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August 10, 1990 - Image 1

Resource type:
Text
Publication:
The Detroit Jewish News, 1990-08-10

Disclaimer: Computer generated plain text may have errors. Read more about this.

1

THE JEWISH NEWS

SEVENTY-FIVE CENTS

SERVING DETROIT'S JEWISH COMMUNITY

AUGUST 10, 1990 / 19 AV 5750

Detroit Iraqis Respond
To Invasion Of Kuwait

KIMBERLY LIFTON

Staff Writer

oseph Nadhir has been
active in the Detroit
Chaldean community
since leaving Iraq for the
United States 30 years ago.
Since his immigration, his
attitude about relationships
with people of other cultural
backgrounds has remained
consistent.
"We feel we are all
brothers and all Ameri-
cans," Mr. Nadhir said.
"Once you come to America,
you must close all gaps bet-
ween cultures. We must
mix."
Like leaders of the Arab
and Jewish communities of
Detroit, Mr. Nadhir was
upset when Iraqi troops in-
vaded Kuwait last week to
acquire more control over
the world's oil supply.
"Everybody deplores ag-
gression regardless of who is
doing it," Mr. Nadhir said.
And like leaders of the

other groups with Middle
Eastern ties, Mr. Nadhir is
convinced relationships
among the respective groups
will remain unaffected by
Iraqi leader Saddam Hus-
sein's conquest of Kuwait. In
fact, these community
leaders say Iraq's invasion of
Kuwait has not divided
communities in Detroit.
"There are no problems
between Chaldean and Jew-
ish groups over the Middle
East here in Detroit," said
David Gad-Harf, executive
director for the Jewish
Community Council. "World
issues don't divide us. There
is virtually no activity in the
community on behalf of
Hussein, and I don't an-
ticipate any.
"Chaldeans (mostly
Catholic) were persecuted as
the minority in Iraq, an
overwhelmingly Muslim
country," Mr. Gad-Harf said.
"While many might support
steps taken against Kuwait,
an elite and wealthy nation

that hasn't shared much of
its wealth, it doesn't mean
that Chaldeans are suppor-
tive of the Hussein regime.
It will have little or no bear-
ing on our relationship with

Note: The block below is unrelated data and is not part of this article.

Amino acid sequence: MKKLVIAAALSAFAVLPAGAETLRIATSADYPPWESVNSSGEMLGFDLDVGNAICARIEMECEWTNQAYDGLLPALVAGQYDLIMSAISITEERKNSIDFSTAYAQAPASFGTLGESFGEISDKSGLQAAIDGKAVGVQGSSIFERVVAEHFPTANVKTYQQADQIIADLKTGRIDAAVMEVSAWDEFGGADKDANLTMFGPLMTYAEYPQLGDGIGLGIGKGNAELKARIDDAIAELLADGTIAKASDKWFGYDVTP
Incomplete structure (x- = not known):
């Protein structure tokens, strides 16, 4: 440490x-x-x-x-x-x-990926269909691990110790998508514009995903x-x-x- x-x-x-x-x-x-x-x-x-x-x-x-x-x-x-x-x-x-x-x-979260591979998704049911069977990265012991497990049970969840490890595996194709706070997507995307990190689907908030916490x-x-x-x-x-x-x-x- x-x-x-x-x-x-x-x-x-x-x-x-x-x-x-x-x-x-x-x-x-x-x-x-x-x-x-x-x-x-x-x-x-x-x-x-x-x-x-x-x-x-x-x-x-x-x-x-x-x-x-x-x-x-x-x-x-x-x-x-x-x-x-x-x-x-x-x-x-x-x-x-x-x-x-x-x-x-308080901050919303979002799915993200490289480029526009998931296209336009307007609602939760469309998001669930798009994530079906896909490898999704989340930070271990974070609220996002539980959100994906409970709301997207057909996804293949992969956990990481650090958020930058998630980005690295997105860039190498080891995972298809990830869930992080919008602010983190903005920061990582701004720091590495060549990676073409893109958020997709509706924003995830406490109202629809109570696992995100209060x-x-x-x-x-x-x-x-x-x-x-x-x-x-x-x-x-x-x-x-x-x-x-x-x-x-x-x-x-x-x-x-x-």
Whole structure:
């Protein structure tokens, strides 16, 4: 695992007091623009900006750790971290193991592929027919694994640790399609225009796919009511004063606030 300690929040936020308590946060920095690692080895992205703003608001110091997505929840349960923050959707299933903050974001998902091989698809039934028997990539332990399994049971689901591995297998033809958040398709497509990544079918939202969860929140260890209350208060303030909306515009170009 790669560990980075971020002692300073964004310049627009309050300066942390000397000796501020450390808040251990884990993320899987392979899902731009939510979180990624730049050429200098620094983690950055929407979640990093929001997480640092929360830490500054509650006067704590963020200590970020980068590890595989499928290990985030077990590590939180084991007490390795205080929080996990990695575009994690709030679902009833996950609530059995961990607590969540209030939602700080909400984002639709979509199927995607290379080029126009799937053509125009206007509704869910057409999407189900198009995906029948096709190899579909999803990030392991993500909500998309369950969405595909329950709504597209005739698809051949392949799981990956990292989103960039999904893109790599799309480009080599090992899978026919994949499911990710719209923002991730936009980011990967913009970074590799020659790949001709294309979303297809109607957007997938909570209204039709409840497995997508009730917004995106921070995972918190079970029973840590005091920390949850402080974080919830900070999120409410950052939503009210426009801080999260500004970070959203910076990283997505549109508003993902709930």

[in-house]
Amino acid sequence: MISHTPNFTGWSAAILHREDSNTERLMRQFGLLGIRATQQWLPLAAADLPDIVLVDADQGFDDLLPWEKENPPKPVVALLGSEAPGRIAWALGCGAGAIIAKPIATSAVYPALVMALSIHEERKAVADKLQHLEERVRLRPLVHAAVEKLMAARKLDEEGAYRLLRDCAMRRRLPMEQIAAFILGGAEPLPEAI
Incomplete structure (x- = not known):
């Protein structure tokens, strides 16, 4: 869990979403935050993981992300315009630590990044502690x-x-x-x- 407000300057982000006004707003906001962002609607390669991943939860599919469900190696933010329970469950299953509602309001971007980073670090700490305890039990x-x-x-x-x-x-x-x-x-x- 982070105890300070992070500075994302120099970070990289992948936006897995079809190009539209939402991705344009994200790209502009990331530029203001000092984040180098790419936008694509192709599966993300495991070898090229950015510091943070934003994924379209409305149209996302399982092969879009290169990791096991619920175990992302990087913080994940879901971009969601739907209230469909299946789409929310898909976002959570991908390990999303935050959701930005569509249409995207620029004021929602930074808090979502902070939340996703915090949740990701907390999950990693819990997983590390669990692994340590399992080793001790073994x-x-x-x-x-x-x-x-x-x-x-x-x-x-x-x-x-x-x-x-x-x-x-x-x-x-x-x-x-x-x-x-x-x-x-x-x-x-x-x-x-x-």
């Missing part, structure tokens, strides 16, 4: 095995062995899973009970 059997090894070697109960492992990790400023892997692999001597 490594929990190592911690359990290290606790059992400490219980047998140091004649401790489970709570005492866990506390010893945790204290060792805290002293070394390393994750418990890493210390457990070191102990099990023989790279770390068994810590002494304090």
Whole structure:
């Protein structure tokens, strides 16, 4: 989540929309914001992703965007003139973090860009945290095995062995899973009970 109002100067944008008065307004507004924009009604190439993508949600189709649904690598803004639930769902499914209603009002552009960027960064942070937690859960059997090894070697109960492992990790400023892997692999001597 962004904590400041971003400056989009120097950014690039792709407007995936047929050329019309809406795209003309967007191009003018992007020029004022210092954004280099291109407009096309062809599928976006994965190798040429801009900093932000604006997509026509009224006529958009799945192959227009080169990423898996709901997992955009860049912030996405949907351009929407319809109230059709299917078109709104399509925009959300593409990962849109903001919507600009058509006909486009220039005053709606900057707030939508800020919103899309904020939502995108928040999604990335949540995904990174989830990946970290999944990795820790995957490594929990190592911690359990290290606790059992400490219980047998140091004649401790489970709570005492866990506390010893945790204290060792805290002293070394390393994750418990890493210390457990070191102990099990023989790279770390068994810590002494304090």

the local community."
The Jewish community,
Mr. Gad-Harf said, should be
wary of the "true colors of
Iraq and Hussein. He has
threatened to annihilate
Israel with chemical
weapons. We must take his
threat seriously. He is a
threat to the rest of the
world."
Mr. Gad-Harf said he has
not met with Chaldean
representatives, but he said
friction hasn't mounted bet-
ween the two communities.
Jewish Welfare Federation
Executive Vice President
Robert Aronson said stabili-
ty of the Middle East,
specifically Israel, is the
Jewish community's major
concern.
"I think this (invasion of
Continued on Page 14

New American Musicians
Will Perform For Exodus

ALAN HITSKY

Associate Editor

N

aum Shulman clean-
ed toilets and worked
two other jobs for
three years to buy a $30,000
professional-quality bas-
soon. But when the 27-year-
old Soviet Jew left the USSR
earlier this year for Detroit,
his prized musical instru-
ment was confiscated by the
Soviet government.

On Aug. 29, Shulman will
join 10 other Soviet emigres
in a concert at Temple Israel
that will benefit Operation
Exodus. And he will be play-
ing a new bassoon donated
by the Cantors Council of
Detroit.
"The new instrument is
not the same quality as the
one he had," said Cantor
Harold Orbach, "but it will
allow him to perform profes-
sionally." The Cantor's
Council is raising $6,000 for
the bassoon and is paying
the musicians for the Aug.

29 performance. All proceeds
from the $20 a pair tickets
will be donated to Operation
Exodus, the fund-raising
effort to help resettle Soviet
Jews in Israel. The Jewish
News is a co-sponsor of the
concert.
The progarm will feature
the classical music of
Chopin, Rachmaninoff, some
Russian and Israeli works
and French masters, accor-
ding to Nicolai Lemberg, one
of the musicians. There will
be solo performers as well as
two trios.
Luba Bertin, who
publishes a Russian-
language newspaper for the
emigres, orchestrated an
April 1 concert at the Jewish
Community Center to
showcase the newcomers.
"We seem to have a
tremendous number of tal-
ented musicians coming in
from the great conser-
vatories. We would like to
see them get some work
—bar mitzvahs, concerts —
before they are snatched up

by professional orchestras,"
she said.
The musicians performing
Aug. 29 will include Mr.
Shulman, pianist Ilya
Kozadayev and his son Vita-
ly (flute), Yury Khalitov
(clarinet), Nicolai Lemberg
(flute) and his wife Ludmila
(piano), pianists Vladislav
Kovalsky and Dmitry Kon-
dratyev, cellists Irina
Tikhouov and Fanya Kutik,
and singer Lolita Faynsteyn.
The Lembergs and Mr.
Khalitov teach at the
Classical Music School in
Southfield. Mr. Kovalsky,
who recently performed in
Japan, will play solo corn-
positions and accompany
some of the others. Vitaly
Kozadayev just returned
from a month of study in
Israel which was financed by
a scholarship. The two
cellists, Ms. Tikhouov and
Ms. Kutik, have been in
Detroit two weeks.
Tickets for the perfor-
mance are ' available from
members of the Cantors
Council.

They were ready to die
for their country.
Now, members of the
Jewish War Veterans fight
to keep alive the memory
of fallen comrades.

Page 22

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